Some unfortunate side effects could also be:
- It would likely eliminate the current possibility that the noise and other structures used to generate the existing planets have of creating super rare combinations of features that are nearly unpredictable.
- Larger form features such as the curved trenches that form on some planets would be very hard to keep around.
- More than likely this would have big performance overheads.
In conclusion while I also want improved variation to the generation I can't say I think templates are the right approach and I'm going to wait and be patient and try to make the most out of the current generation while it lasts. If it is ever replaced I'm sure there'll even be people going back to previous versions of the game to revisit it just like people do with pathfinder nowadays.
If you made it this far I hope you enjoyed what I was saying and maybe learned a thing or two. I'd love to write a bit more about topics like this so I'll keep an eye on discussions of the proc gen going forward.
Planets big, templates small. You need a lot of templates to fill a planet with minimal repeats and matching up the edges of templates in a natural way is a major task.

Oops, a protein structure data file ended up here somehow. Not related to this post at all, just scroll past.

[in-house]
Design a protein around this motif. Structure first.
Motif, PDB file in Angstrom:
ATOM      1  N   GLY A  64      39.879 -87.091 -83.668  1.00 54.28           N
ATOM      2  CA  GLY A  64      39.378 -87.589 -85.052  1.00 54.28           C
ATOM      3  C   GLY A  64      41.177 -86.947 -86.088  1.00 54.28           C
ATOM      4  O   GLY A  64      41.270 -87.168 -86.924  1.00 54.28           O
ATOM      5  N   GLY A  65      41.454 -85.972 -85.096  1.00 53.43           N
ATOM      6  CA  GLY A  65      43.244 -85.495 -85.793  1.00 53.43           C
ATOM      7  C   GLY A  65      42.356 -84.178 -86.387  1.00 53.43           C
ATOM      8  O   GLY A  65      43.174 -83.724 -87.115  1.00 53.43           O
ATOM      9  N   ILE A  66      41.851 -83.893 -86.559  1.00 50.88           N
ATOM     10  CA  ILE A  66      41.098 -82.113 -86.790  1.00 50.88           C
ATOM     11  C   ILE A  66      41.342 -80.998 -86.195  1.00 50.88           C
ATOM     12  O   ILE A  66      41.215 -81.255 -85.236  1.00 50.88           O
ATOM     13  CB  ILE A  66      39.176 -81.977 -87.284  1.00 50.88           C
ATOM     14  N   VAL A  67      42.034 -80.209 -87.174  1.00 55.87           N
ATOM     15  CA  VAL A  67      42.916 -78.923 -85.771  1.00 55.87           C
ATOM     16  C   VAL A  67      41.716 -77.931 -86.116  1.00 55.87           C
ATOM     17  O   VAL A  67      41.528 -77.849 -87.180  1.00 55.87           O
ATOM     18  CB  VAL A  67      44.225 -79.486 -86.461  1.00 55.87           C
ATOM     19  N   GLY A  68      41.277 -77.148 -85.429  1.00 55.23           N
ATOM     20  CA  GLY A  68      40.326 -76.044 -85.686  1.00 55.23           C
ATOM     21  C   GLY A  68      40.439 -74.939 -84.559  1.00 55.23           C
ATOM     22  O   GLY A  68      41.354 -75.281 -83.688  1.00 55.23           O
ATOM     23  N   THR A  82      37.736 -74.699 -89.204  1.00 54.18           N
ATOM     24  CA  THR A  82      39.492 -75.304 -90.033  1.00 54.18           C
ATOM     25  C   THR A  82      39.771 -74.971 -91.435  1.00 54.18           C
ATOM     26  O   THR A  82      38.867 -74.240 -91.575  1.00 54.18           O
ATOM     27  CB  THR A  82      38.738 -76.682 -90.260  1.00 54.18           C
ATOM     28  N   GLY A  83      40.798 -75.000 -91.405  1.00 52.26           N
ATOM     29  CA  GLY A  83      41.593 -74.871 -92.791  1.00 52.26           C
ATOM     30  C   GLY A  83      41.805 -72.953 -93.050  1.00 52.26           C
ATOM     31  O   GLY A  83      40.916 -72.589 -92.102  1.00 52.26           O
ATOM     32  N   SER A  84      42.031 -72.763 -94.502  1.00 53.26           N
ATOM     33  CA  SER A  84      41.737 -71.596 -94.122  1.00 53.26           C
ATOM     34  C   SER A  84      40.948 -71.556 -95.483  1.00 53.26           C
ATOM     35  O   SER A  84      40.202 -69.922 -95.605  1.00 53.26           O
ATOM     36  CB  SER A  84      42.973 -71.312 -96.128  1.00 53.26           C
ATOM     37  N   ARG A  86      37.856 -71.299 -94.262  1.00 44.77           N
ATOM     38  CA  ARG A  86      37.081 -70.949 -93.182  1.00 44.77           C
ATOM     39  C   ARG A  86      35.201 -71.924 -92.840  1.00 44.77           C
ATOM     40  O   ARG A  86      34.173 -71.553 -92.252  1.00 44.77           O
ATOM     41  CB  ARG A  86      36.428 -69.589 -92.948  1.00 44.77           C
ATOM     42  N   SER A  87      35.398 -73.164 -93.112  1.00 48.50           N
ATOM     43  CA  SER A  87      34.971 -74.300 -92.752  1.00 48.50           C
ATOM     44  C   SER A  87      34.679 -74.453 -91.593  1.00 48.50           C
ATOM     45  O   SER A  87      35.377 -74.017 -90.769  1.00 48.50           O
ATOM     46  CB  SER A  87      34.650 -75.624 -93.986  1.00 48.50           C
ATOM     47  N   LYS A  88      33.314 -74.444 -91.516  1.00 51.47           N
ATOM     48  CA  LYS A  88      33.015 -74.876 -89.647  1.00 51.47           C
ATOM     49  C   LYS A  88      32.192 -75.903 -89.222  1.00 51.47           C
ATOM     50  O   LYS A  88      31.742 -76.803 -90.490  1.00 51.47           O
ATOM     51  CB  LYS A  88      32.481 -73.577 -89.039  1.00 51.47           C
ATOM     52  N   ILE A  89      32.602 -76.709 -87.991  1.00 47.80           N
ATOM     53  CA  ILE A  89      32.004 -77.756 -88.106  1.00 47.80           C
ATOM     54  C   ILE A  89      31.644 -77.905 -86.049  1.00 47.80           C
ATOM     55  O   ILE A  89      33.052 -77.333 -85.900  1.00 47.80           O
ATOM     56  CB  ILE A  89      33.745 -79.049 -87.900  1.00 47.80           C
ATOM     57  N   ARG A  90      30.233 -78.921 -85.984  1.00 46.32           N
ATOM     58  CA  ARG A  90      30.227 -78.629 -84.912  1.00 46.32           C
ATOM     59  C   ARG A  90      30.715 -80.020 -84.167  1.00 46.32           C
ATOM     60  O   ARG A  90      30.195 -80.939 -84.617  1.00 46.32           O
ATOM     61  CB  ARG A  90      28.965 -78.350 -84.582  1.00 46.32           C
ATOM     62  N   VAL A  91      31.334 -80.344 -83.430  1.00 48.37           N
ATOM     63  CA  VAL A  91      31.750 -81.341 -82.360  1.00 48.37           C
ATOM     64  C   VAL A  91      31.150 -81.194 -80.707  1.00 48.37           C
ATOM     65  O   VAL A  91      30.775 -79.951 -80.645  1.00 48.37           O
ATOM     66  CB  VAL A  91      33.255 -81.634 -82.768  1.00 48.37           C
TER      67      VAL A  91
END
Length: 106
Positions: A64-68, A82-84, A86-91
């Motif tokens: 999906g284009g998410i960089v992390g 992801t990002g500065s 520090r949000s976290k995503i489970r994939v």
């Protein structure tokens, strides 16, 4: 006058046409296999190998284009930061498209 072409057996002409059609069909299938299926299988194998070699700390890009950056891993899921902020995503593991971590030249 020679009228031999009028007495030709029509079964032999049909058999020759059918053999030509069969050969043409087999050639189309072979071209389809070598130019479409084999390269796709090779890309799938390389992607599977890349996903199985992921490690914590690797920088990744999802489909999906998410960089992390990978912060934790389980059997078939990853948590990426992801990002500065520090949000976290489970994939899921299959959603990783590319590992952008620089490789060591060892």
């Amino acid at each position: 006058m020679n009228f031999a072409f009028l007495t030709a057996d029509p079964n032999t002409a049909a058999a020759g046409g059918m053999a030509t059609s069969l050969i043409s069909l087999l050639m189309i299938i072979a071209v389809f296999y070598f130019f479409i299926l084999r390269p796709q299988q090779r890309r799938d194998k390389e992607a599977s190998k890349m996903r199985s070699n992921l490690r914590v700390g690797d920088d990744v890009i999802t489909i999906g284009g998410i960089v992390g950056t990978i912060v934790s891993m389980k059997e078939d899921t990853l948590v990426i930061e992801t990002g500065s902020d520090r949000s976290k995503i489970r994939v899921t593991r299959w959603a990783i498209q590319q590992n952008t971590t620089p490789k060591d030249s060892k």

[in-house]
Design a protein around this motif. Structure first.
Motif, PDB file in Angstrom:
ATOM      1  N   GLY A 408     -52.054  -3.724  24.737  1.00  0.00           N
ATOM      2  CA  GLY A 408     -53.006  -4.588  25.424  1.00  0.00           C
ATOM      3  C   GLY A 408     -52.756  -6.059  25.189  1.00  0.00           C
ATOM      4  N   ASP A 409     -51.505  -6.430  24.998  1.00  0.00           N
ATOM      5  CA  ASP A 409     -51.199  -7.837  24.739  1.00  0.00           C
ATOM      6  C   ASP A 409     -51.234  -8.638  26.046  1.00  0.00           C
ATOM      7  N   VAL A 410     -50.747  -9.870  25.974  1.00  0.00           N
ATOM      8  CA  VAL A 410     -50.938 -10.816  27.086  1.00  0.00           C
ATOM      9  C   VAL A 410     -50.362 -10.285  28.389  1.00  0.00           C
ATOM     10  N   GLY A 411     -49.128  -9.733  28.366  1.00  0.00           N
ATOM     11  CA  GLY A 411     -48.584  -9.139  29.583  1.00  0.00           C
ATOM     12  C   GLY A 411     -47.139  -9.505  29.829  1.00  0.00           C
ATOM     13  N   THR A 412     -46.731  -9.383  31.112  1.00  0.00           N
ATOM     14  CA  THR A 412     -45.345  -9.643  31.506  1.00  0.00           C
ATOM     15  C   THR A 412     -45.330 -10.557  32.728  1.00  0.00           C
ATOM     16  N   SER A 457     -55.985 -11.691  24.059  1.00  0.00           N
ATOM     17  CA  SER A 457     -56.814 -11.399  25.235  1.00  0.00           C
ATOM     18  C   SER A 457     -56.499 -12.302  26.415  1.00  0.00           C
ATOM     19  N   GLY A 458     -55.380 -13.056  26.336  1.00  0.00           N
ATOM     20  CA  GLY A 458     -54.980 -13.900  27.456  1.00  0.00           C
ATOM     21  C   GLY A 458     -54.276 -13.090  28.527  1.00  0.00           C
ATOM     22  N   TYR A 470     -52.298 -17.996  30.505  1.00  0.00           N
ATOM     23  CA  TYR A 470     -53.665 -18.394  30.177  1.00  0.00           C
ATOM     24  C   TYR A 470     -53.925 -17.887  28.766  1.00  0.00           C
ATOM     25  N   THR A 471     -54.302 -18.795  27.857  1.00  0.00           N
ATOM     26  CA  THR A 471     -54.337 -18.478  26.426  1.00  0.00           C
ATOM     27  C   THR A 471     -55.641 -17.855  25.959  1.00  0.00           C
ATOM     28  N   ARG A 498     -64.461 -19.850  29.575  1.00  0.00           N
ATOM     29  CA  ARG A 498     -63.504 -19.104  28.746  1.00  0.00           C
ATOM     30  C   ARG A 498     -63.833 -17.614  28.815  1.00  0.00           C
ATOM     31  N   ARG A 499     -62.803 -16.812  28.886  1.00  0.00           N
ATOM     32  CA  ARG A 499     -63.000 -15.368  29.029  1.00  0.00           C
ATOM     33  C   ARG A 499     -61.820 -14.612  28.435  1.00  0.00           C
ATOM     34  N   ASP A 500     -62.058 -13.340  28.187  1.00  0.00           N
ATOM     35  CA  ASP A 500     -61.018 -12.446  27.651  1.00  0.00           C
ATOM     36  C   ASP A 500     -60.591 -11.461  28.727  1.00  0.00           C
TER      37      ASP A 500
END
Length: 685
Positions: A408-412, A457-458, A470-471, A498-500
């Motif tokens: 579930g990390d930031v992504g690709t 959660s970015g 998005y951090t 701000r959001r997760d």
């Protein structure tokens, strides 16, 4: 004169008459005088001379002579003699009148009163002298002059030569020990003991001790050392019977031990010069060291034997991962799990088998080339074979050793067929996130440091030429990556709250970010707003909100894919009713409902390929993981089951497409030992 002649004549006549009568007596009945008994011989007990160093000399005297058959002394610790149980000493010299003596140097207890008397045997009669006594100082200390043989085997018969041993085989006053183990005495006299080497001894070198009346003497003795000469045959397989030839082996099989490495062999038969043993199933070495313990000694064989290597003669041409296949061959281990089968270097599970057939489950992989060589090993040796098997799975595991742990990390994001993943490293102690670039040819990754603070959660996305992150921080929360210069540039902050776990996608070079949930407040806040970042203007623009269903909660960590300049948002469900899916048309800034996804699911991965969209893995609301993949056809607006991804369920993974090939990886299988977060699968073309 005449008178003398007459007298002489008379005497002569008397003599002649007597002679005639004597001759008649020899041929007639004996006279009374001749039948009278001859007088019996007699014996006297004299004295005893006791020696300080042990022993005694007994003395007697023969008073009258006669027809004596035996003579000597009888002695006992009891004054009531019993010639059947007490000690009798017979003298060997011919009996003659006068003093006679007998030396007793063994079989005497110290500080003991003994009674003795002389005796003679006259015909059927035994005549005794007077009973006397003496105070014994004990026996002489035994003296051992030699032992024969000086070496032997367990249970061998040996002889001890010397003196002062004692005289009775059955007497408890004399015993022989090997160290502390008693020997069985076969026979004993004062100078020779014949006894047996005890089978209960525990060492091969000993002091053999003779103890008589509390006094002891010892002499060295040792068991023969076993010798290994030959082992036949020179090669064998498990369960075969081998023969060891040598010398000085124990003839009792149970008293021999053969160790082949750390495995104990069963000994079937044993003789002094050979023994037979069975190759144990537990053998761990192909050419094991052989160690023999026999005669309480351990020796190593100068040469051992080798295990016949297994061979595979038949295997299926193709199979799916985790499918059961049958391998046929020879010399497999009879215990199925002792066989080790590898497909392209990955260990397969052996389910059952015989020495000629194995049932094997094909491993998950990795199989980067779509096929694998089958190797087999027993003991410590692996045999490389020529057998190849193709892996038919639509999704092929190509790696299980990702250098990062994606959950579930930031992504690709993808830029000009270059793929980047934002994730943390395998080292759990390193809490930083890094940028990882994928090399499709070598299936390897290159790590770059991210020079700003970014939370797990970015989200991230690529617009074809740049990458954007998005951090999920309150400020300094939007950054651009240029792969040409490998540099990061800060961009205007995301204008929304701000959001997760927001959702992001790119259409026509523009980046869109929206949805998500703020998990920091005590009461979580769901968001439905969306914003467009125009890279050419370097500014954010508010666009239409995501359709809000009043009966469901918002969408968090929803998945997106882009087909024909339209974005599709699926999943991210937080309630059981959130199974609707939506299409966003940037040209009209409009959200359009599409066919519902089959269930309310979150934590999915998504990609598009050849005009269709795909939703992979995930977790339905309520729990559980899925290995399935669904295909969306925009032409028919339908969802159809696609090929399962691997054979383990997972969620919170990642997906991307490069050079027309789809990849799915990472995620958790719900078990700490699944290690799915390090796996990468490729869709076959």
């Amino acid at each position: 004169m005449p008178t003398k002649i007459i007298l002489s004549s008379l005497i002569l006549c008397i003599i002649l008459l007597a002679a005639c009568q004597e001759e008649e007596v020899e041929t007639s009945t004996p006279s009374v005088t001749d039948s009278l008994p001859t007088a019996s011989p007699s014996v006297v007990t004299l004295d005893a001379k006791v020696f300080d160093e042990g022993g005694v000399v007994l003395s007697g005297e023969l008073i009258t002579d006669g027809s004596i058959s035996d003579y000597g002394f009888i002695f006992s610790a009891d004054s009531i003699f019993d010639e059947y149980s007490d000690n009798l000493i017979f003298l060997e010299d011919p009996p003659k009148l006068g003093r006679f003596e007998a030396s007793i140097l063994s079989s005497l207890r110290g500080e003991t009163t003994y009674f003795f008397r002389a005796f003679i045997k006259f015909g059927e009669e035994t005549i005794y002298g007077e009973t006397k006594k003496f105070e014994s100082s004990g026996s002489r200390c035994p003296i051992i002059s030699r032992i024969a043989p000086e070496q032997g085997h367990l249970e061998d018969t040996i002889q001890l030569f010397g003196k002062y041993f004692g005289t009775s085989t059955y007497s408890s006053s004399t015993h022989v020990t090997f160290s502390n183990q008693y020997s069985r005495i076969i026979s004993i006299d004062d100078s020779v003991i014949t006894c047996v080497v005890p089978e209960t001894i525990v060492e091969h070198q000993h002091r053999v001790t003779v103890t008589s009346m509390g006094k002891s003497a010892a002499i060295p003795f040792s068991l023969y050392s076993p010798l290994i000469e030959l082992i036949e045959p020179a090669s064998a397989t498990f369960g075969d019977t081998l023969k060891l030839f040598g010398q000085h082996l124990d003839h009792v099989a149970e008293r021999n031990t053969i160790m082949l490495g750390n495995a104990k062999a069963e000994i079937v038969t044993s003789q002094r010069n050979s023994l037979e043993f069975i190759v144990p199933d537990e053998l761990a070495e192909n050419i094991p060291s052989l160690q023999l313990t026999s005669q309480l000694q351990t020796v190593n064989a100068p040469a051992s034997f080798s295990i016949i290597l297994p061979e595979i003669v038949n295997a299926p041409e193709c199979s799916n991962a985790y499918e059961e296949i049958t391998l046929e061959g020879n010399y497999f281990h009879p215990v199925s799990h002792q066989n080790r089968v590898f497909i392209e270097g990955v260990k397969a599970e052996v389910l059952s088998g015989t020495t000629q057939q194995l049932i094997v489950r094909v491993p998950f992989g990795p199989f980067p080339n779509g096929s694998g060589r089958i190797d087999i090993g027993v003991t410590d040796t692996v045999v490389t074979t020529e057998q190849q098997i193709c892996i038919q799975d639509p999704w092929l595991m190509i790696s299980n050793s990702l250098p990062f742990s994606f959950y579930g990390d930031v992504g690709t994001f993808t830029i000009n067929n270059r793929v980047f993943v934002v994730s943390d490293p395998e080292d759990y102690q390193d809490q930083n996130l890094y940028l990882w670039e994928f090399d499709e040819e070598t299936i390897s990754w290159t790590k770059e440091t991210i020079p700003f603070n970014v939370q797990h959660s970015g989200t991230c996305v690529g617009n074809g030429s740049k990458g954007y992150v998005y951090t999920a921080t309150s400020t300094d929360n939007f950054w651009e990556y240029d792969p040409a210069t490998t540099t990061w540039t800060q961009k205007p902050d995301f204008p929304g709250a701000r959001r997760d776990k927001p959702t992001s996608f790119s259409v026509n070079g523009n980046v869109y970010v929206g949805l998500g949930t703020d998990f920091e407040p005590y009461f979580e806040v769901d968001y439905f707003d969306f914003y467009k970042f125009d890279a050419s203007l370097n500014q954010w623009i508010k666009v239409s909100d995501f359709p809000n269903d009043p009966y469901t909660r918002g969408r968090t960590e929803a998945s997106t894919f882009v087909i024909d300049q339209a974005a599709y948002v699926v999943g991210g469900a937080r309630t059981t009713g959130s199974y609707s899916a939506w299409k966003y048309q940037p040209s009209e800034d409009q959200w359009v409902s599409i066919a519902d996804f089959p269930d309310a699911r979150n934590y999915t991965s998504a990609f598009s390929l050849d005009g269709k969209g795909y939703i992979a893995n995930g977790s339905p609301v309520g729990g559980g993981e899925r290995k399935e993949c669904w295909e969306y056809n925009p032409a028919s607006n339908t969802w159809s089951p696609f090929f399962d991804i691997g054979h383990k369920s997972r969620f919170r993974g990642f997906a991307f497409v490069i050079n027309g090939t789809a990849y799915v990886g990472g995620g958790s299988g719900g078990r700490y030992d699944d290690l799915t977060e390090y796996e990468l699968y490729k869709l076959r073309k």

edit: fixed some weird wording.
edit 2: fixed some broken formatting
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More about No Man's SkyPost: "A practical look at “Procedural Generation 2.0” or template based procedural generation for No Mans Sky" specifically for the game No Man's Sky. Other useful information about this game:
- Unpopular opinion: Griefing groups shine a spotlight on an aspect of No Mans Sky that has gone underdeveloped and ignored, and open discussion about it should not be discouraged by the community.
- Iteration 1
- No Man’s Sky Update 3.37 Patch Notes
- Expeditions hints and tips that aren’t obvious
- Hints and Tips that Aren’t Obvious